Album Review: “Vulnicura” by Björk

Album Review: Vulnicura by Björk

bjork_album

Icelandic singer navigates new territory flawlessly in beautifully-structured album

Rating: 5.0/5.0
Release Date: Jan. 20

Bjork has always fractured the diaphragm of pop music. This time around she enlists musicians Arca and Haxan Cloak for help with her instrumental landscape — harnessing the same iPad apps from her 2008–11 Biophilia Project — to produce “Vulnicura” — “Cure for Wounds” in Latin.

This album is startlingly personal. The most intimate song, “History of Touches,” archives “every single fuck” in a “wondrous time lapse” as vocals split between hollow chimes. Evidently, Bjork has traded in her war cries (“Army of Me,” 1995) for a voice that is even more powerful: a conversation that laments the end of her relationship with American artist Matthew Barney.

Now, you can call this a “breakup album” if you want to — and most people want to — but that would be taking the easy way out considering the way in which Vulnicura is structured charts not only the downfall of a relationship but also the triumphant resurrection of self that follows.

In terms of emotions, “Vulnicura” is shaped like an hourglass, beginning wide open with “Stone Milket,” a lighter song that beckons, “show me emotional respect.” It then gradually narrows into the initial stages of self-doubt via dissonant roar with “Lion Song” — “Maybe he will come out of this, loving me / Maybe he won’t” — before closing up almost all the way in the center with “Black Lake’s” aggressive drums. “Family,” however, is the real crux of the album. Here, Bjork and her pitch-warping accomplices engage in an electronic erasure of the family unit and return to the ritualistic “where do I go to make an offering,” as she mourns the death of her “miraculous triangle: father, mother, child” with a quick violin reminiscent of fleeting footsteps.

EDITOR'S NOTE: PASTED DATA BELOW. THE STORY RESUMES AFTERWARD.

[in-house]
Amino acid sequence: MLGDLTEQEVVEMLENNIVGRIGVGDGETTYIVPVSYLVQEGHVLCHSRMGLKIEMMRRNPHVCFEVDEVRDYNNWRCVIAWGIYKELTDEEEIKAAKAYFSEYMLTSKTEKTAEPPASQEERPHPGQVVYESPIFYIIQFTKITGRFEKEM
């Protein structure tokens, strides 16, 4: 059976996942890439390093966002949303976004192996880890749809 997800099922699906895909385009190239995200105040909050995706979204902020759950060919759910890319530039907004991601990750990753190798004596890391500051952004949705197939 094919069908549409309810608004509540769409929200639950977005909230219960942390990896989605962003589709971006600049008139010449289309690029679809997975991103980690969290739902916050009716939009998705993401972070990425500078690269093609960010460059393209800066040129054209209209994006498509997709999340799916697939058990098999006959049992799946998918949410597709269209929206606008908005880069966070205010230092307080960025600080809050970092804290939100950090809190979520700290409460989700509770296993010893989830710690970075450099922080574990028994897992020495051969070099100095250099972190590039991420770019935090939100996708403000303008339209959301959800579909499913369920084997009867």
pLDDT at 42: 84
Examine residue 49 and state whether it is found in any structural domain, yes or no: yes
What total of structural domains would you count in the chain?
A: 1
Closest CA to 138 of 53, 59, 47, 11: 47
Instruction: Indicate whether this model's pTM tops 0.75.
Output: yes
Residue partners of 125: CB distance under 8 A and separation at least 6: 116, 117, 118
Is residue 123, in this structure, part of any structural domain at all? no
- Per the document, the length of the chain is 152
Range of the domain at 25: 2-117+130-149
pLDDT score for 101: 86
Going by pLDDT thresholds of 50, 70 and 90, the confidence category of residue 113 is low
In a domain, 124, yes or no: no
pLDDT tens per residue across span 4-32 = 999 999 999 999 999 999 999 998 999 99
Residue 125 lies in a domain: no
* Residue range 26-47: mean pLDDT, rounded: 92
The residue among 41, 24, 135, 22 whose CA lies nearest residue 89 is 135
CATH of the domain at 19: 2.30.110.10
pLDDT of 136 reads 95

But the songs that follow “Black Lake” and “Family” are by far the most impressive. In line with the hourglass structure, the album surpasses its narrow boundaries and opens back up with “Atom Dance” (featuring vocals by Antony Hegarty), a celebration of personal strength that rebuilds the self with lyrics, like “Enter the pain and dance with me.” By the end of “Vulnicura,” Bjork is healed, consistent with the album title’s meaning. Case in point, this is much more than a “breakup” album — as you can imagine any album that dies and resurrects itself within the span of one hour must be. It is a transformation. Listen and learn.

Leave a Comment
Donate to The UCSD Guardian
$2505
$5000
Contributed
Our Goal

Your donation will support the student journalists at University of California, San Diego. Your contribution will allow us to purchase equipment, keep printing our papers, and cover our annual website hosting costs.

More to Discover
Donate to The UCSD Guardian
$2505
$5000
Contributed
Our Goal

Comments (0)

All The UCSD Guardian Picks Reader Picks Sort: Newest

Your email address will not be published. Required fields are marked *